Panel from the front of the RSW, by Onslow Ford.
Burlington House has a separate page, but we note here the front archway facing on to Piccadilly. It has four spandrel groups, two inside, two outside, each showing an elegant emblematic girl, accompanied by one or more cherubs. Good work, which I believe to be by the excellent and prolific Birnie Philip. On the outside, to the left, perhaps Literature, holding a scroll and book, a swan behind – could this be rather a Leda and the swan? – it would be in the sense of her engendering of beauty (Helen of Troy) - for more on Leda, and swan sculpture generally, see this page. The right hand spandrel is clearer – she is clearly emblematic of the Sciences, holding a telescope and set square, her cherub looking at a globe, a snake behind her other shoulder, symbol of medicine.
On the interior of the gate, the left hand figure, the most beautiful of the four, has her back to us for compositional reasons, and looks at us over her shoulder. She is some creature of the heavens, having a foot on the moon, and being accompanied as well as by her two cherubs, a further winged figure with a butterfly on her head, and a winged globe. A hatching egg and a pepper may also be spotted by the sharp sighted. Perhaps Heavenly Inspiration? Finally, the fourth figure is most clear as the Arts – the girl herself holds nothing, but looks at the image of a nude on a shield held by a cherub with a sculptor’s mallet, resting on top of a pillar (architecture); the other cherub has palette and musical instruments, and a large decorated pot. All in the best possible taste.
Spandrel group, Burlington House.
Justice et al, by Herbert Binney, Norwich Union building
Back in Piccadilly we might note that more or less opposite Old Bond Street was the Egyptian Hall, which housed a series of museum exhibitions. Turning right, the next junction is with Albemarle Street, and on the south side, St James Street. This is a centrepiece of the street, and the best view is still from the North side, after having crossed over Albemarle St. On the western corner of St James Street with Piccadilly is a tall tiled building which was built as the Royal Insurance Company's branch office in the West End. The architect was John Belcher, and little expense was spared on this valuable site, with Pentelikon marble for the facades, and bronze detailing and dormer roofs, and art metalwork by J. W. Singer and Sons. The sculptural decoration consists of identical pairs of cherubs high up at third floor level, by the sculptor Bertram Mackennal, and over the corner doorway, a plaque by Albert Drury, a small thing of two cherubs next to a baroque shield depicting a heron or similar water bird.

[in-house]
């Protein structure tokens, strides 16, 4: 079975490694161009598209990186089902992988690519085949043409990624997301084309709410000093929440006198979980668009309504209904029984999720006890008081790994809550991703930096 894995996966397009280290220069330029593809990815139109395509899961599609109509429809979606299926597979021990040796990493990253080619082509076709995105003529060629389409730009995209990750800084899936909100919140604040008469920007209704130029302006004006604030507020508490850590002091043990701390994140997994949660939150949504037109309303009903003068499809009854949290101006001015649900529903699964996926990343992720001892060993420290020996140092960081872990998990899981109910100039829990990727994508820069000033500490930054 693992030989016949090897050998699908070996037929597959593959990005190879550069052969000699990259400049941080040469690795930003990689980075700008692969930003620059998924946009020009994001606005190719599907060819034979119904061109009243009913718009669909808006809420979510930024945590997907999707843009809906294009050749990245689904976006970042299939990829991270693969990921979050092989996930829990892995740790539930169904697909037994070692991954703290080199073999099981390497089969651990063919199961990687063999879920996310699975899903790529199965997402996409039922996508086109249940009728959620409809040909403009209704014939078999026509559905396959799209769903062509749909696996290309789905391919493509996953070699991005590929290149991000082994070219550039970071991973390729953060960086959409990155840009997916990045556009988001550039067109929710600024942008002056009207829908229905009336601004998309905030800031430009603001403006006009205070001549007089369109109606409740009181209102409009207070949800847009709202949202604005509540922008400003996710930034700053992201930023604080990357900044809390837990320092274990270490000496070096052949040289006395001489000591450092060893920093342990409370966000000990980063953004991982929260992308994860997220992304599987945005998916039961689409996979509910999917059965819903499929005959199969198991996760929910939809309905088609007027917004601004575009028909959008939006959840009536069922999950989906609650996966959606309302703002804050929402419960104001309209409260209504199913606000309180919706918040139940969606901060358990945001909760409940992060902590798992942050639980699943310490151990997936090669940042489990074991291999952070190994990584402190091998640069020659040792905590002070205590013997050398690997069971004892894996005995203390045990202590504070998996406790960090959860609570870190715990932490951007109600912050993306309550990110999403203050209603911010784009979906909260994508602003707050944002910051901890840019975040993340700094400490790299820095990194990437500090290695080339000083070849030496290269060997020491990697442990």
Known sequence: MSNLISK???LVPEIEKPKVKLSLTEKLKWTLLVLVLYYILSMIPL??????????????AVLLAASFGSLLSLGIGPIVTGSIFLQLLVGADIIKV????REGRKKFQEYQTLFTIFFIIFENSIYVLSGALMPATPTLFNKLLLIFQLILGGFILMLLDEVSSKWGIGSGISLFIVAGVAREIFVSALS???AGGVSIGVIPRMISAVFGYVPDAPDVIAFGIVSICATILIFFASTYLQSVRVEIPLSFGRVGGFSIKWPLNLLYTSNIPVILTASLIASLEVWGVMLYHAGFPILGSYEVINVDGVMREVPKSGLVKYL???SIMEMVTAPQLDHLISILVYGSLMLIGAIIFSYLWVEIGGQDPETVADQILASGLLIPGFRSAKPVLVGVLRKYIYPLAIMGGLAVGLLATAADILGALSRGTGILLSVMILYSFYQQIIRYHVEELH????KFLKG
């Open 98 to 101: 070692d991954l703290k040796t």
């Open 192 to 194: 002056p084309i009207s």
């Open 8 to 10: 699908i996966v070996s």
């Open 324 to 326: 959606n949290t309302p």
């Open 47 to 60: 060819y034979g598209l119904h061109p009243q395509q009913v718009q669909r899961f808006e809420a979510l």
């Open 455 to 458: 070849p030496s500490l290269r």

On the eastern corner of St James Street and Piccadilly is the Norwich Union building, with an important sculptural group by Hibbert Binney. The centrepiece is of course Justice, carrying her scales and unsheathed sword. She is heavily draped, while the girl at her feet on the left has an off-the shoulder garment that still manages a heaviness, and the young man on the right is unclad but for a strategically draped cloth. The girl holds corn, and the man looks into the future - thus as a couple, they are concerned with the long term and save, reaping the corn they have sown bit by bit – appropriate allegory for an insurance society. The building also bears three pairs of cherubs in stone at 3rd floor height.
Crossing over, and looking back to the north side, the carpet shop on the corner with Albemarle Street, a Doulton terra cotta effort in Renaissance style, can be seen to have terra cotta medallions showing religious and mythological portraits - apparently taken from coins in the British Museum. It dates from 1887/8, was built as the Albemarle Hotel, and the architects were George and Peto.